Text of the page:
Cancer Symptoms: Tips to Help You Feel Better
Everyone gets tired from time to time, but cancer fatigue can make you too exhausted to do anything — even lift yourself up off the couch. It lasts longer than normal tiredness, and it doesn’t get better with rest.
To feel more awake and energized:
- Don’t push yourself. Only do as much as you can handle. Ask friends and family to help you with basic chores, like shopping, cooking, or cleaning, so you can save your energy for the things that matter.
- Rest. Take 20-minute naps or breaks during the day to regain your strength.
- Exercise. Moving actually gives you more energy than staying on the couch. Get in the habit of taking a daily walk or bike ride, even if it’s just for 15 minutes. You’ll get stronger and feel more alert.
- Eat well. Focus on a balanced diet with lots of fresh vegetables and fruit. Add more protein from eggs, fish, beans, and meat to your meals and snacks. If you don’t feel hungry or it’s hard to eat, talk to a dietitian to see how you can get the nutrients you need.
- Check your medicines. Some drugs you take to treat cancer can make you sleepy. Ask your doctor if you can change medicines or adjust the dose.
- Try yoga or acupuncture. Studies have shown that they may help relieve cancer fatigue.
Cancer pain ranges from mild to severe. It can last for a short time or stick around for a while. When you hurt, ask your doctor for relief right away, before the pain gets worse.
- Heating pads or ice packs to help dull aches
- Massage or acupuncture
- Deep breathing, meditation, and other relaxation techniques
- Biofeedback, a practice that helps you gain control over your breathing, heart rate, and other processes in your body. It can change how you perceive your level of pain.
- Over-the-counter pain relievers such as acetaminophen (Tylenol) or NSAIDs, (aspirin, ibuprofen, or naproxen)
To manage steadier or more severe pain, your doctor might recommend one or more of these prescription medicines:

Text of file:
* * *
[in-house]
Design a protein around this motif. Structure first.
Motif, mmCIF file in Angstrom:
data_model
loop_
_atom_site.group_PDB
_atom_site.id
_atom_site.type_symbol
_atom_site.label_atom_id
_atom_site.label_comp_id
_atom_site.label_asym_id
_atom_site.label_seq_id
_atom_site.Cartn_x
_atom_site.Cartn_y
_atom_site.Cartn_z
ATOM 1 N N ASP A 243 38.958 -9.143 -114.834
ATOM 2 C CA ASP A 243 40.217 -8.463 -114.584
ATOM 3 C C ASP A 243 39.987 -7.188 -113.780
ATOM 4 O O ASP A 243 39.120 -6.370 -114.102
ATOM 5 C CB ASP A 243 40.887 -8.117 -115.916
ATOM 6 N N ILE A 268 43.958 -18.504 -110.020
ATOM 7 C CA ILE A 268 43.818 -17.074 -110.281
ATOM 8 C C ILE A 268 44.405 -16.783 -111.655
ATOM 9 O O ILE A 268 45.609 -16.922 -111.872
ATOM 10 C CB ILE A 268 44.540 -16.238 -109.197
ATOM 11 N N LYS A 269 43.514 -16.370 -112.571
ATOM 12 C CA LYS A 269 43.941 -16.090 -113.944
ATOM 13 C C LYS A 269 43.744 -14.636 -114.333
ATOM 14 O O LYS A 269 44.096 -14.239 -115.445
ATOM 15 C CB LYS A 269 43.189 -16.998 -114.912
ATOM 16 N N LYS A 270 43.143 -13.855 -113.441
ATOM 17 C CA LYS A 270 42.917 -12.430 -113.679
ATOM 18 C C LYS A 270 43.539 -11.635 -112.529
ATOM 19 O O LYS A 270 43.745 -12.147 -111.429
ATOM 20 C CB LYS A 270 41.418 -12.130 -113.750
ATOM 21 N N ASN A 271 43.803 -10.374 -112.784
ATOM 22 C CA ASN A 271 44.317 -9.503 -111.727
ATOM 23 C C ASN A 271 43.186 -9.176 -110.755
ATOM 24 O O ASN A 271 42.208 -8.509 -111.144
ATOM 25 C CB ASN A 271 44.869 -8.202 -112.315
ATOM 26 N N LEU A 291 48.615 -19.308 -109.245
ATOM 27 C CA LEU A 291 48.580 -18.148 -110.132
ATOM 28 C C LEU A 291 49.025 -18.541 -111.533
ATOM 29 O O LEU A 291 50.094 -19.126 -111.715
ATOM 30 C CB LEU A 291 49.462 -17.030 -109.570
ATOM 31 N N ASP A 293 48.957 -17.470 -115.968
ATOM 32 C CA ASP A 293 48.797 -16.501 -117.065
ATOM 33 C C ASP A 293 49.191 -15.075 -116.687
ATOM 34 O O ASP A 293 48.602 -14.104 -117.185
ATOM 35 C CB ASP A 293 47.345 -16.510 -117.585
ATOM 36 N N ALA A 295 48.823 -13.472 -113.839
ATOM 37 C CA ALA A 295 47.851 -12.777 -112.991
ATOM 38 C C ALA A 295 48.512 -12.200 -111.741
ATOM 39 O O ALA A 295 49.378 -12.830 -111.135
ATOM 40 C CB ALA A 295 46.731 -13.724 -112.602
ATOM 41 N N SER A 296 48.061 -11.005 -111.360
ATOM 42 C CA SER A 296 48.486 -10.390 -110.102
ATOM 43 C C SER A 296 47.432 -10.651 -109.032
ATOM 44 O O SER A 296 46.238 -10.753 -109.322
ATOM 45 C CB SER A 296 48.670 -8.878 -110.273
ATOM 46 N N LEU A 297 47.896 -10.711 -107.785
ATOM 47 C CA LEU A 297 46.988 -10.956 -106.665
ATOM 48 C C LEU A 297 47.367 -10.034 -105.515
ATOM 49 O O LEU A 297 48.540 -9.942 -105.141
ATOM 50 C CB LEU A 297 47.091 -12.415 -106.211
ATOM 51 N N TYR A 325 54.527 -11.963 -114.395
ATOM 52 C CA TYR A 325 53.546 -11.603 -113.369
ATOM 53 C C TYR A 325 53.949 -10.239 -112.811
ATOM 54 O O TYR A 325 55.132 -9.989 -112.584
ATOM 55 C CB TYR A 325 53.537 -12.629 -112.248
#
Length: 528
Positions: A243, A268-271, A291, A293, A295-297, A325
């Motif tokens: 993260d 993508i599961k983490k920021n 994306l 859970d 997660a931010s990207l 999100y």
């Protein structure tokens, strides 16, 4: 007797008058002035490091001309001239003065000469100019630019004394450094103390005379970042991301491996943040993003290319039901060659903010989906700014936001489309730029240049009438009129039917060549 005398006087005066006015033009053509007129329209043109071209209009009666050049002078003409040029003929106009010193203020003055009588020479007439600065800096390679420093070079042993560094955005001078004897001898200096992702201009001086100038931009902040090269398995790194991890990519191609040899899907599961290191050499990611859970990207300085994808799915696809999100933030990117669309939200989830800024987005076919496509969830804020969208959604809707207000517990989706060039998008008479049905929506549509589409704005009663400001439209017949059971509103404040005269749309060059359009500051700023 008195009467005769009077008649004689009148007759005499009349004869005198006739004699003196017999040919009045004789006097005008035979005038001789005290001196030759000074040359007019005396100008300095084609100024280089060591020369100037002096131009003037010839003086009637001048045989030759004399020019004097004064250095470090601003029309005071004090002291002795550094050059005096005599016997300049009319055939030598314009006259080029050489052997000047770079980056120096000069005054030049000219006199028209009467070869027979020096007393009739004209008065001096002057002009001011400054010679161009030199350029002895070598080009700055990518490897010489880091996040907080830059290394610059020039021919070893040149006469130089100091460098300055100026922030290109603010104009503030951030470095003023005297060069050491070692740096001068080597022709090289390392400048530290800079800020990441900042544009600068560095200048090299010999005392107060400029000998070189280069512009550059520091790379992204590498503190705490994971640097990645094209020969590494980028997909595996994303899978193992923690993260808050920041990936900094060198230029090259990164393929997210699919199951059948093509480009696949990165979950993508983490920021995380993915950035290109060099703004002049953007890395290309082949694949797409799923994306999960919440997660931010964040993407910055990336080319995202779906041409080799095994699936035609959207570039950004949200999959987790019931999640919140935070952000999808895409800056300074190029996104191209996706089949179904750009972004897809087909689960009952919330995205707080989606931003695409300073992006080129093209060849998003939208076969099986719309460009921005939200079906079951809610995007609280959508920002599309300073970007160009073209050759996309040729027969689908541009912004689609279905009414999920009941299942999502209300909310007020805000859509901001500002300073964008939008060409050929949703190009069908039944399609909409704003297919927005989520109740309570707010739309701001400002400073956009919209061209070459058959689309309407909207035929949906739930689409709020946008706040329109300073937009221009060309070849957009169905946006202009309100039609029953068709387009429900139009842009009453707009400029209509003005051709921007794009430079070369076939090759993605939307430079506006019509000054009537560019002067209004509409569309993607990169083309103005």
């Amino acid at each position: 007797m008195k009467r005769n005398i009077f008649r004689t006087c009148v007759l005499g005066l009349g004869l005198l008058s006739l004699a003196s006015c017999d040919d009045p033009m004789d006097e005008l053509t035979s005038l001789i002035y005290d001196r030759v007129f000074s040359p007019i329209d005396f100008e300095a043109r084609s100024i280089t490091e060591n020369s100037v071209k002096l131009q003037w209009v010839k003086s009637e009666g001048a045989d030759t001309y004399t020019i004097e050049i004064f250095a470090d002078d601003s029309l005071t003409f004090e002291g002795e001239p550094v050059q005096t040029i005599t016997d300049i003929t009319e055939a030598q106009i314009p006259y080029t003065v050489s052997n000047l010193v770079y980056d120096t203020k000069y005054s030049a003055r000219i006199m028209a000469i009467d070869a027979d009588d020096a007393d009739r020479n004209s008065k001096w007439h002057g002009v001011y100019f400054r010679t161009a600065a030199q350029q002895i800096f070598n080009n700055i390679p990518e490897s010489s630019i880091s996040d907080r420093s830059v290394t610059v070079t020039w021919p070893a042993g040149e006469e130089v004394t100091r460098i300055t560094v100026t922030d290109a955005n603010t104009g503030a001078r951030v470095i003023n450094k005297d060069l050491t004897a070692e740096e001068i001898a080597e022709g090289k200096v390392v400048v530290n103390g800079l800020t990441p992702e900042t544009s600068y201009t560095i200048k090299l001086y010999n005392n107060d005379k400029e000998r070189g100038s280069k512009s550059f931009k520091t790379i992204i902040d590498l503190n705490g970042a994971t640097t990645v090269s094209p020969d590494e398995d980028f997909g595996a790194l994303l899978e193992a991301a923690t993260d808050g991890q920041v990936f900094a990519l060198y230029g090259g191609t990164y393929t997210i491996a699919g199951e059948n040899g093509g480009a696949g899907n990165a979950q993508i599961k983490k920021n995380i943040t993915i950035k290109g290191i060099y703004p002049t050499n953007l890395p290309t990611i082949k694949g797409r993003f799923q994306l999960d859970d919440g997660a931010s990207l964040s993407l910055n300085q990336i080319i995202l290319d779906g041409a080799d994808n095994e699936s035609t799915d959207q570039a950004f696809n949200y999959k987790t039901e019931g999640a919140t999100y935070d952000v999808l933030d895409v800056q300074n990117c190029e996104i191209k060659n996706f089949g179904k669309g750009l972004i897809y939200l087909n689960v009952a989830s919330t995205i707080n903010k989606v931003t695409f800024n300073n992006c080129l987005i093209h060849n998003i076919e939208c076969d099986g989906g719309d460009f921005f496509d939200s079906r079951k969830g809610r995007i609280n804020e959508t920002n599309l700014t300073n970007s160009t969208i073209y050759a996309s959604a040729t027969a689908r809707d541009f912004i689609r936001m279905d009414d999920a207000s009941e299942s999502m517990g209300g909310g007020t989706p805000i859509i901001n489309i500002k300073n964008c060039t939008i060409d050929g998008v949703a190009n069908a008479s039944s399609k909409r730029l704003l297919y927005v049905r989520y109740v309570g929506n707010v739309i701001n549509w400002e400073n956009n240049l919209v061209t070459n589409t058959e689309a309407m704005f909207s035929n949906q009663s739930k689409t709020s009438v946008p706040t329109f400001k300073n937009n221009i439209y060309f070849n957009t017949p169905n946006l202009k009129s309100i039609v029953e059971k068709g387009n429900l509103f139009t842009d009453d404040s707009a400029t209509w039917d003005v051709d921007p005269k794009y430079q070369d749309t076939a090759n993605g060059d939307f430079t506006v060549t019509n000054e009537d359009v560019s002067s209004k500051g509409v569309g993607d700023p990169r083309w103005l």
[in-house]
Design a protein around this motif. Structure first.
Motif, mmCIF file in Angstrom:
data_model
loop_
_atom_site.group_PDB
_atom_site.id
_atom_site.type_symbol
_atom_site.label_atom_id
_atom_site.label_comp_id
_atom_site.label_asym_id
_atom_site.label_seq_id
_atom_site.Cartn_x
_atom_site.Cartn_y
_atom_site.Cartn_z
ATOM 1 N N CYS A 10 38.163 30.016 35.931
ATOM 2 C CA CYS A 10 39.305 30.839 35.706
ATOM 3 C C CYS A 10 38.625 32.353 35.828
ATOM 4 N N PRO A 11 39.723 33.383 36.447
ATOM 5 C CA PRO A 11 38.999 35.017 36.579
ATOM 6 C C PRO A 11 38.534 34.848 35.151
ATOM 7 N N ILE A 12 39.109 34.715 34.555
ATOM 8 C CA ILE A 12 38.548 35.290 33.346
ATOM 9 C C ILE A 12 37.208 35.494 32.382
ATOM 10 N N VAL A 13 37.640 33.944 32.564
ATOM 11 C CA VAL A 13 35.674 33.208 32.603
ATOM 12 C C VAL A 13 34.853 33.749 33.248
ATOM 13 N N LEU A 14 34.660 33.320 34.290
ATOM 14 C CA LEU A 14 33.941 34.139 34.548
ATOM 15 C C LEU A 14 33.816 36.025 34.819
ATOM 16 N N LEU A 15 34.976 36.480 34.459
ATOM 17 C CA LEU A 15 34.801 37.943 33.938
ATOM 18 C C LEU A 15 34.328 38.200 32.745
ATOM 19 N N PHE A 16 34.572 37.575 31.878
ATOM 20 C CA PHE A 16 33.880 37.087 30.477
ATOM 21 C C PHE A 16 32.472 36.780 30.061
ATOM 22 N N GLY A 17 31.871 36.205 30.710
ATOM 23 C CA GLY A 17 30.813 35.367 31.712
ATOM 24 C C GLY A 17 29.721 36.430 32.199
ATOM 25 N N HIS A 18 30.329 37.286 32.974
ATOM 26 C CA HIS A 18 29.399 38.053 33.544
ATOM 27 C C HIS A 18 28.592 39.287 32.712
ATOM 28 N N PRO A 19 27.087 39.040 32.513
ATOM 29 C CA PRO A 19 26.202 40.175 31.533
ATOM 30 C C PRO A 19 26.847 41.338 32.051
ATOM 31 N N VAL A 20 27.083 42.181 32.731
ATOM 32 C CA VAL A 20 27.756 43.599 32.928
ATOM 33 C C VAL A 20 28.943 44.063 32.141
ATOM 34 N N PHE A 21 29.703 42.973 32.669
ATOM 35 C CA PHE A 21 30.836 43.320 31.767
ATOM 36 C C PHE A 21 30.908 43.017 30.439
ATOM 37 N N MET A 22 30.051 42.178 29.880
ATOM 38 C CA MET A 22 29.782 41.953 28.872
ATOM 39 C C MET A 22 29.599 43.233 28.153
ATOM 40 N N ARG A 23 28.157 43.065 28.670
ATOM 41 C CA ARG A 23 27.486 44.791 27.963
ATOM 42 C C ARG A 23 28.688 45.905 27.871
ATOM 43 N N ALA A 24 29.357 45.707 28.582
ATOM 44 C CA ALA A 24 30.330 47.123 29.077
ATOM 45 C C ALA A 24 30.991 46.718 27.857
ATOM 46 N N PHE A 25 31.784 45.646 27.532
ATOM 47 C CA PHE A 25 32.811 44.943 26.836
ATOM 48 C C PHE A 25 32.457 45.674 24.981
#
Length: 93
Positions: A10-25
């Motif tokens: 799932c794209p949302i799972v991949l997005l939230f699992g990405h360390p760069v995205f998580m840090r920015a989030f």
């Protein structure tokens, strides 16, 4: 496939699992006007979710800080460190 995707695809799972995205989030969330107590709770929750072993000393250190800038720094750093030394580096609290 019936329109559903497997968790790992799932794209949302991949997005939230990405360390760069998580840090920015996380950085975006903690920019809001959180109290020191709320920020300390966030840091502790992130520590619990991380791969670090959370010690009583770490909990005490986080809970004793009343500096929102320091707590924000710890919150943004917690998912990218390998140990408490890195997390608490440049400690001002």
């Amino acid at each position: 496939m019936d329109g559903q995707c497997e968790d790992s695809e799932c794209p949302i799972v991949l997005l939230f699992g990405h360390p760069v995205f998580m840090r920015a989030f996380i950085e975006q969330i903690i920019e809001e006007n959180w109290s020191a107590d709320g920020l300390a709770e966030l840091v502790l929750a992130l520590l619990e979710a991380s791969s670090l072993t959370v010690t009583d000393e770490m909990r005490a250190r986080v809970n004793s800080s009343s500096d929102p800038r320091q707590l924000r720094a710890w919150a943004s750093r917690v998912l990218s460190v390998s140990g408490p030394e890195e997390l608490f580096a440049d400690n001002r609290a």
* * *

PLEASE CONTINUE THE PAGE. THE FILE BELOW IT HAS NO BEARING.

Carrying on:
- Antidepressants, such as amitriptyline (Elavil), doxepin (Sinequan), imipramine (Tofranil), and trazodone (Oleptro)
- Anti-seizure drugs, such as carbamazepine (Tegretol) and gabapentin (Neurontin)
- Opioid pain relievers, such as fentanyl (Actiq, Fentora), hydrocodone, morphine, and oxycodone (OxyContin, Percocet)
- Steroids, such as prednisone and dexamethasone
Nausea and Vomiting
About 8 out of 10 people who are treated for cancer have nausea and vomiting, which is often caused by chemotherapy and radiation. These symptoms are tough to live with, and vomiting a lot can leave you dehydrated.
Drugs called antiemetics control nausea. You take them at certain times of the day or whenever you feel sick. While your stomach is upset, eat bland foods like dry crackers, toast, and rice. Cook smaller, light meals, and avoid foods that make you feel sick. If you have trouble keeping food down, call your doctor.
Cancer and treatments like chemotherapy can lower the amount of healthy red blood cells in your body and lead to anemia. That means your blood can’t carry enough oxygen to all the tissues in your body. Anemia causes symptoms like fatigue, shortness of breath, fast heartbeat, dizziness, and pale skin.
One way to fight anemia is to eat more iron-rich foods, like dark green leafy vegetables, beans, sweet potatoes, and meat. Or you can take an iron supplement. Other options are to get a blood transfusion or take medicine that helps your body make more red blood cells.
Palliative care doesn’t treat cancer, but it does focus on relieving symptoms to help you feel better and do the things you need and want to do. You can get palliative care together with cancer treatment, or on its own when you’ve finished your therapy. If your doctors suggest palliative care, it doesn’t mean they’ve given up on your treatment — only that they want to make you more comfortable.
Your cancer doctor, nurse, and other members of your cancer team will give you palliative treatments. You can get this care at a hospital, in your home, or as part of a hospice program.